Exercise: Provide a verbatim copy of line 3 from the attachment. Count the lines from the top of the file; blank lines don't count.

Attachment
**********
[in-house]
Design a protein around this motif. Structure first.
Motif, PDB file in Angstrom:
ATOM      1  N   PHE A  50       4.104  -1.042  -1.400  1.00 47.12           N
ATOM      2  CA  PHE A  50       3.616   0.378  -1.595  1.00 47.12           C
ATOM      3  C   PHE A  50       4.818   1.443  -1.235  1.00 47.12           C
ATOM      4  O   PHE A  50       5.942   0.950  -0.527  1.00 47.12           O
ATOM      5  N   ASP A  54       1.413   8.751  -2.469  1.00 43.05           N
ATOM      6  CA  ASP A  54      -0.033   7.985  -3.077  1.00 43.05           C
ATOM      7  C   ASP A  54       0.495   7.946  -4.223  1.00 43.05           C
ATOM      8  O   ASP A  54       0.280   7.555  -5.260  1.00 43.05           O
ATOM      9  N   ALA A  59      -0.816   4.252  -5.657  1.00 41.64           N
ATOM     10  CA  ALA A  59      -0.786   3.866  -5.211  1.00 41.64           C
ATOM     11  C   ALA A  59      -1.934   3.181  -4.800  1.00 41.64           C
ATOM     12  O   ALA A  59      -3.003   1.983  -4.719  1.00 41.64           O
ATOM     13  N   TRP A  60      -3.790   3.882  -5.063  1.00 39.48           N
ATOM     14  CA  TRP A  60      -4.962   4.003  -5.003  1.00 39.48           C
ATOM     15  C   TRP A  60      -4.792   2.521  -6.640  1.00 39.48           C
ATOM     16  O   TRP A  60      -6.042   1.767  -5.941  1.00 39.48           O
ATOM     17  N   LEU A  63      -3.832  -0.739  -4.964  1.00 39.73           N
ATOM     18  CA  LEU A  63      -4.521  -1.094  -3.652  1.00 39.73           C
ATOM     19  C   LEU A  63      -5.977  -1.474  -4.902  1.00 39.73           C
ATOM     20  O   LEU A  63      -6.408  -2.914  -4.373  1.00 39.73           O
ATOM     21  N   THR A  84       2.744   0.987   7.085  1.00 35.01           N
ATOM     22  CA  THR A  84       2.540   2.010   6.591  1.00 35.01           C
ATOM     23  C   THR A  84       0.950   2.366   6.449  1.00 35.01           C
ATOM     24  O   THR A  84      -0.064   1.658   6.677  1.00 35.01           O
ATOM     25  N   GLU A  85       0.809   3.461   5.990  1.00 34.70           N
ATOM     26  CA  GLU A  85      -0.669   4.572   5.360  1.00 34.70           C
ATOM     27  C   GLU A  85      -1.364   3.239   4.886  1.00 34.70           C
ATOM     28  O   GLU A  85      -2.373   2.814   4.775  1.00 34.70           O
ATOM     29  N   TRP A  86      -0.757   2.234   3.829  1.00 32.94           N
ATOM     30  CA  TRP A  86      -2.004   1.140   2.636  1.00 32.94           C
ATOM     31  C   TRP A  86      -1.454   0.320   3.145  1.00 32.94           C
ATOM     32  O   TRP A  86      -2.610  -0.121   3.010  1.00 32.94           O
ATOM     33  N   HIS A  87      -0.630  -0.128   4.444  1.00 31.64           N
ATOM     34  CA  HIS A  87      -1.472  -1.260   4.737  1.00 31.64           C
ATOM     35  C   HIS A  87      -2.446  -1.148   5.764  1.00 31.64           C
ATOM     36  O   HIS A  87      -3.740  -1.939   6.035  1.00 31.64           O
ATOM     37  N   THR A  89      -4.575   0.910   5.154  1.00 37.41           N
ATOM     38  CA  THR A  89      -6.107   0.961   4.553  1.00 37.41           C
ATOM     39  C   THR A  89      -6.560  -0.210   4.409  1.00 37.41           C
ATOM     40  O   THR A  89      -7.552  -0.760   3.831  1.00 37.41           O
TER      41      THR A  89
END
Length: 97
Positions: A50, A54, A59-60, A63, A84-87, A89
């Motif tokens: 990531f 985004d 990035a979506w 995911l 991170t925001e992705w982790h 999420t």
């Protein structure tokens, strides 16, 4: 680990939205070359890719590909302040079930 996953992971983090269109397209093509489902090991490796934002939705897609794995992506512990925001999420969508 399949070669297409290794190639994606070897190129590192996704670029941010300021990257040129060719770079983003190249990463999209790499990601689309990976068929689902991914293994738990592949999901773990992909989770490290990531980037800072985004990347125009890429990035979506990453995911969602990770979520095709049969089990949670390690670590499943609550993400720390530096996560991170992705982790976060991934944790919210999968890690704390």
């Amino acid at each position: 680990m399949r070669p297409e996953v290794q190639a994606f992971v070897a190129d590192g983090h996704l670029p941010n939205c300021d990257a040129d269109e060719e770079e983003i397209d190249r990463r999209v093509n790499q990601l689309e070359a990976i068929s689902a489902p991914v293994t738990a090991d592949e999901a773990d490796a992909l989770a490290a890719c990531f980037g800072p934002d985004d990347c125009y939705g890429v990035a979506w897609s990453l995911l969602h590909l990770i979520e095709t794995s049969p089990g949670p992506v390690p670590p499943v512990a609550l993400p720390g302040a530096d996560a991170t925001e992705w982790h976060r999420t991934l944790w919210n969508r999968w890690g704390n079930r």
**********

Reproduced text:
Motif, PDB file in Angstrom: